Some prominent left-wing commentators have devoted weekly columns and blogs to the notion that Great Britain has misguidedly pursued harsh spending “austerity” and that doing so has left the country lingering in unnecessary anguish.
In the opinion pages of The New York Times, Paul Krugman inveighs that:
Britain, in particular, was supposed to be a showcase for “expansionary austerity,” the notion that instead of increasing government spending to fight recessions, you should slash spending instead—and that this would lead to faster economic growth.
Such invocations of the confidence fairy were never plausible; researchers at the International Monetary Fund and elsewhere quickly debunked the supposed evidence that spending cuts create jobs.
Similarly, Brad DeLong, a distinguished economist, fulminates about Britain’s concern that “public-sector spending and investment was ‘crowding out’ the private sector.”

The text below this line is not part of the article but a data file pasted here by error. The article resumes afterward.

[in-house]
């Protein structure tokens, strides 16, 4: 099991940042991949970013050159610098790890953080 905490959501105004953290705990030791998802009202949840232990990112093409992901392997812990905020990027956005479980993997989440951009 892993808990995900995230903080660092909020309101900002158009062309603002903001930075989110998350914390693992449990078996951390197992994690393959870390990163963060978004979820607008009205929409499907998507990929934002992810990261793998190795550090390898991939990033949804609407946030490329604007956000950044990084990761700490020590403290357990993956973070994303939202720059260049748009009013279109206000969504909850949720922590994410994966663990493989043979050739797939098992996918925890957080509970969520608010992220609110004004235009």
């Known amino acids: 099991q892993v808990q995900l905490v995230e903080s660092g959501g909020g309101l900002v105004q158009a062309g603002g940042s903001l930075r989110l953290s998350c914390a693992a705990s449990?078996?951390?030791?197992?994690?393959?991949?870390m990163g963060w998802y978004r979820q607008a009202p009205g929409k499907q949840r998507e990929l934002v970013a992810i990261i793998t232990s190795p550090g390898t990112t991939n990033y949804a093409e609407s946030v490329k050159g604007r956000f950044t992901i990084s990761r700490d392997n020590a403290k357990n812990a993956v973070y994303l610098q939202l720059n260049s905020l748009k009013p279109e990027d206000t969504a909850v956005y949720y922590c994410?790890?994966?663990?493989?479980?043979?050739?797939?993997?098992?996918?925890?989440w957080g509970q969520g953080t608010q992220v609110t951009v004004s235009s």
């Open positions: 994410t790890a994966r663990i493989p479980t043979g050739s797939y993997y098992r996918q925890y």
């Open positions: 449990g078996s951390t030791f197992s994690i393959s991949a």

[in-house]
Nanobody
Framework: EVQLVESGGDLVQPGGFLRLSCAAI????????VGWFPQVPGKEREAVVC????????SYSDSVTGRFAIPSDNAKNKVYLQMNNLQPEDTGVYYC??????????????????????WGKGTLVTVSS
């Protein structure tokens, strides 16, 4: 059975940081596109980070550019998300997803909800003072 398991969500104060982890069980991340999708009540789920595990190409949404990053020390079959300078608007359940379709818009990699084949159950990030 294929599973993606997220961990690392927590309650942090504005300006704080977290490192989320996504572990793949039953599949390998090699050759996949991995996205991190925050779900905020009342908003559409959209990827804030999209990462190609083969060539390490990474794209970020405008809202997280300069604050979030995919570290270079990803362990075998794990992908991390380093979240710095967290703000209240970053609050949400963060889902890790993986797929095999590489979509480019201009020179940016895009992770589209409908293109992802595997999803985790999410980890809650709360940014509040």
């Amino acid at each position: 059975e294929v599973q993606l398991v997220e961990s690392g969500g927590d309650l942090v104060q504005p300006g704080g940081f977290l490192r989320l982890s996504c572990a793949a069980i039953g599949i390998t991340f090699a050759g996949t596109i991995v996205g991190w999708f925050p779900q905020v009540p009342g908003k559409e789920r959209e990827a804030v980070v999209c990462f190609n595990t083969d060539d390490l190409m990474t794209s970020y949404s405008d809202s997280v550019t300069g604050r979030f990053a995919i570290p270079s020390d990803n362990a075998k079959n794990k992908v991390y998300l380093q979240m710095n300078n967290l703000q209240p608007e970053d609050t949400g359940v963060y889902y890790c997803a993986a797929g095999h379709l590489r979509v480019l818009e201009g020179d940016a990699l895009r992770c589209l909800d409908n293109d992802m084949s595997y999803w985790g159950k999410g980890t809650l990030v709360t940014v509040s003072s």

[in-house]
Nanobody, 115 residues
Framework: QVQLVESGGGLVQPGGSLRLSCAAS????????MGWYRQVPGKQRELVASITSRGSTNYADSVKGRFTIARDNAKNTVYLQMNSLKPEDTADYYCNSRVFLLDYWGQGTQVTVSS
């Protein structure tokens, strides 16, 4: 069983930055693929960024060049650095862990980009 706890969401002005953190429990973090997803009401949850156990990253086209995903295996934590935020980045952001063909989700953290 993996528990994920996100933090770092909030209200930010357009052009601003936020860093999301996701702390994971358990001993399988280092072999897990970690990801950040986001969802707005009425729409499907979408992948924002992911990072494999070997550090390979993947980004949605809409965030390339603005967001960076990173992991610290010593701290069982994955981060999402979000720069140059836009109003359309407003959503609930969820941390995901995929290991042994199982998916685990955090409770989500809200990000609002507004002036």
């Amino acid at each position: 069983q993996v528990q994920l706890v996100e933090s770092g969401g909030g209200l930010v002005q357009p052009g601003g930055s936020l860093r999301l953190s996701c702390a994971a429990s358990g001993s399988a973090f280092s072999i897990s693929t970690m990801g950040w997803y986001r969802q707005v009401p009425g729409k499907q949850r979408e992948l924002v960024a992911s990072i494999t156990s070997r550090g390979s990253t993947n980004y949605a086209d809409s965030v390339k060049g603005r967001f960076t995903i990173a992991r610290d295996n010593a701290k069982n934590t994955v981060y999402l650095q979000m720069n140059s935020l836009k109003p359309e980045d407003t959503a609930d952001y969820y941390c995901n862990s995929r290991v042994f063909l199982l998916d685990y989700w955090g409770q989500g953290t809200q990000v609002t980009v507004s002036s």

He concludes that the “failure of expansionary austerity in Britain should give all of its advocates around the world reason to reflect on and rethink their policy calculations.”
Neither Krugman nor DeLong offers any numbers for these assertions, so economist and professor Don Boudreaux bothered to fact check them. He found that far from pursuing austerity, British spending has actually increased:
I logged a few minutes on the Internet to discover that British-government spending—adjusted for inflation—has risen every year since the start of the financial crisis. This spending in 2011 was 16 percent higher than it was in 2007, and is projected to be even higher in 2012.
If spending increases qualify as “austerity” for Professors Krugman and DeLong, one wonders how they would describe spending cuts.